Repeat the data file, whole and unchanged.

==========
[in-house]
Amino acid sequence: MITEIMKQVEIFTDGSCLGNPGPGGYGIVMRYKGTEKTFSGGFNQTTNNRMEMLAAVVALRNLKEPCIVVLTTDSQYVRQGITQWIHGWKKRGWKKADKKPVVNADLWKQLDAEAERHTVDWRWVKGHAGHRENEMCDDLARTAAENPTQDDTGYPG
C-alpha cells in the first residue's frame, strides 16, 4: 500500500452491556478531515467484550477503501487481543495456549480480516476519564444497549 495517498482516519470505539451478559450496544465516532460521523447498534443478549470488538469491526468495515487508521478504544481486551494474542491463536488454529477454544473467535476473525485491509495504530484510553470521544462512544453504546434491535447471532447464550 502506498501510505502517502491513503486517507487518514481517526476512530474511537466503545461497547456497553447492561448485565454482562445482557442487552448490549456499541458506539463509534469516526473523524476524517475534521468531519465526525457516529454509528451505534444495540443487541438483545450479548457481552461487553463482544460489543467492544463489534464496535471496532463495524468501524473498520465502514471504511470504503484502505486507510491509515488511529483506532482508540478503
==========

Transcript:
[in-house]
Amino acid sequence: MITEIMKQVEIFTDGSCLGNPGPGGYGIVMRYKGTEKTFSGGFNQTTNNRMEMLAAVVALRNLKEPCIVVLTTDSQYVRQGITQWIHGWKKRGWKKADKKPVVNADLWKQLDAEAERHTVDWRWVKGHAGHRENEMCDDLARTAAENPTQDDTGYPG
C-alpha cells in the first residue's frame, strides 16, 4: 500500500452491556478531515467484550477503501487481543495456549480480516476519564444497549 495517498482516519470505539451478559450496544465516532460521523447498534443478549470488538469491526468495515487508521478504544481486551494474542491463536488454529477454544473467535476473525485491509495504530484510553470521544462512544453504546434491535447471532447464550 502506498501510505502517502491513503486517507487518514481517526476512530474511537466503545461497547456497553447492561448485565454482562445482557442487552448490549456499541458506539463509534469516526473523524476524517475534521468531519465526525457516529454509528451505534444495540443487541438483545450479548457481552461487553463482544460489543467492544463489534464496535471496532463495524468501524473498520465502514471504511470504503484502505486507510491509515488511529483506532482508540478503